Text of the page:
Michael J. Fox, David Hyde Pierce, Julia Roberts, and Katie Couric are just a few of the celebrities who have been known to tug at our heartstrings when they speak on behalf of various diseases and medical needs.
But it's not just our heartstrings that are responding. According to some experts, the luxury of having a celebrity voice on your side creates an impact that can be felt all the way to the bank.
Gray hair creeps up on you — sometimes literally. I was in my 30s, sporting a full beard, when I first noticed a few gray hairs appearing. Then there were more than just a few. It wasn’t long before the lumberjack image was beginning to give way to something closer to Old Father Time.
It wasn’t just the image that bothered me. It was the way I felt. Sure, gray hair is supposed to make men look distinguished. To give them gravitas. Look at Bill Clinton. Look at the baby-faced newsman Anderson Cooper,...
"Jean Smart from 24 was the MC for our gala this year. Last year we raised $1 million, this year we raised $1.4 million plus, and I would argue that the extra money was a direct result of a very heavy celebrity presence at the event this year," says Lou-Ellen Barkan, president and CEO of the Alzheimer's Association New York City chapter.
Other groups, including the National Parkinson Foundation, find the "cause celeb" to be among their most valuable tickets to fund-raising success. Mary Ann Sprinkle, the group's director of development, tells WebMD that for many years the late Bob Hope and his wife Delores, as well as Dick Clark, played major roles in bringing attention not only to the foundation, but to the disease itself.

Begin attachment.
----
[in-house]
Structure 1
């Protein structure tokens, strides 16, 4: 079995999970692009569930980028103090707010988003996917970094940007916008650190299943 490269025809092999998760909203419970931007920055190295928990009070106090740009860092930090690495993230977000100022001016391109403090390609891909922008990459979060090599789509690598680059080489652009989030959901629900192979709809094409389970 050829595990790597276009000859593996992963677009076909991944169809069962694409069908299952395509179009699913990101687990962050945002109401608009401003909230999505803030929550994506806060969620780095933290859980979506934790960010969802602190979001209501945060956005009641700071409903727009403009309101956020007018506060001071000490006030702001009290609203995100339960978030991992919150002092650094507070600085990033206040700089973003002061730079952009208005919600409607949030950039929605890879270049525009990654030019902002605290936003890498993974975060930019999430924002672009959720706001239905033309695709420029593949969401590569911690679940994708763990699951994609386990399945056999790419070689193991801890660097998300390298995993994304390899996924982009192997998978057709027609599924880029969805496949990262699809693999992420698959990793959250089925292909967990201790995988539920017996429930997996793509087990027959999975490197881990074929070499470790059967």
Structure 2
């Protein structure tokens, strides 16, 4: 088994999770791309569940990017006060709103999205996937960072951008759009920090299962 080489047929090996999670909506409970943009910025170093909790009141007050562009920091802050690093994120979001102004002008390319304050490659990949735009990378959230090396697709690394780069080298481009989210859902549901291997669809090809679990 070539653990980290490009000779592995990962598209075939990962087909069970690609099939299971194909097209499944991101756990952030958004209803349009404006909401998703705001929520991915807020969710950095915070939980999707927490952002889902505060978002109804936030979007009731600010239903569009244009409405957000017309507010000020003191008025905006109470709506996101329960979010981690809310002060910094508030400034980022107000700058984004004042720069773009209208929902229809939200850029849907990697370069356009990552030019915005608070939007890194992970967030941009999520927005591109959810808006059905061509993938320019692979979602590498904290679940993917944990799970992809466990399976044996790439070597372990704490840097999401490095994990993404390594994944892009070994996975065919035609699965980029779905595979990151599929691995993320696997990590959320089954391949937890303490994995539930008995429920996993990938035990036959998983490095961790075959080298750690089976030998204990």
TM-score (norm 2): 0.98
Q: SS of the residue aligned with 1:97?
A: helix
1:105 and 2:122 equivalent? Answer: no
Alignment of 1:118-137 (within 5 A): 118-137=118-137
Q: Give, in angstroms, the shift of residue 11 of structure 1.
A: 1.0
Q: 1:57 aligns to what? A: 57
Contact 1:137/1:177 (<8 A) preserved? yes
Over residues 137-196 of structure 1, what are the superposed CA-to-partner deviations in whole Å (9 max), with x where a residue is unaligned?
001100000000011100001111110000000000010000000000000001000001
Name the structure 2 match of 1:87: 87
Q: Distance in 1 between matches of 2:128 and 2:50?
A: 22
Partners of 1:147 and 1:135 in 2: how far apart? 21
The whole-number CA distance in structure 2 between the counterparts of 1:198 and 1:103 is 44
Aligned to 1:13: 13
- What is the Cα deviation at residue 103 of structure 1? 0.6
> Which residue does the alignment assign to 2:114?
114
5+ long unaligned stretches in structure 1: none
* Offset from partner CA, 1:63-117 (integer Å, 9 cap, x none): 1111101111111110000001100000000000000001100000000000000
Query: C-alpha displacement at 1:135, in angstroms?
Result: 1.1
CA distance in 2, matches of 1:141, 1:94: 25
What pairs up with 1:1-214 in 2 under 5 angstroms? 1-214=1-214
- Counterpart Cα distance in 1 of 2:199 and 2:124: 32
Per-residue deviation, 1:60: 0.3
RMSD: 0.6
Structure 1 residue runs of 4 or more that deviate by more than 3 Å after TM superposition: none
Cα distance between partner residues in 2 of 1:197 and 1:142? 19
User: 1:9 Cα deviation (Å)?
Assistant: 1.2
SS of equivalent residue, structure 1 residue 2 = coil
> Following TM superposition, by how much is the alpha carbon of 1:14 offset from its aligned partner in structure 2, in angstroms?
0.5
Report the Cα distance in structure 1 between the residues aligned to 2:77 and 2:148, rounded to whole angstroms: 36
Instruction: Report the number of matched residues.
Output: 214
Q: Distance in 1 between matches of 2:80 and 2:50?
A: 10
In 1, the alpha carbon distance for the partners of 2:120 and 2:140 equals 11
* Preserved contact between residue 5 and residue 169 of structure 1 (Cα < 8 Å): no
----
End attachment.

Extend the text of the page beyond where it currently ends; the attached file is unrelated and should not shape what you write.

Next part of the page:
"Millions of dollars were raised through their efforts --- money that we otherwise would not have known," says Sprinkle.
The Power of Celebrities
Picking up the ball for a whole new generation is actor Michael J. Fox. His own battle with Parkinson's diseaseParkinson's disease was behind the creation of MichaelJFox.org. It's a fund-raising charity that experts say is making a huge impact on the course of this disease.
"Because of his actions and his voice, every organization involved in Parkinson's disease has benefited," says Sprinkle.
In fact, the power of celebrities can be so great, that an entire foundation has been created to give Hollywood stars even more opportunities to participate.
The group, known as the Entertainment Industry Foundation, (EIF) runs some of the better-known celebrity charities, such as Katie Couric's National Colon Cancer Research Alliance (NCCRA) and Halle Berry's Diabetes Aware Program.
"We help celebrities who want to make a difference accomplish their goals," says Judi Ketcik, vice president of communications for EIF.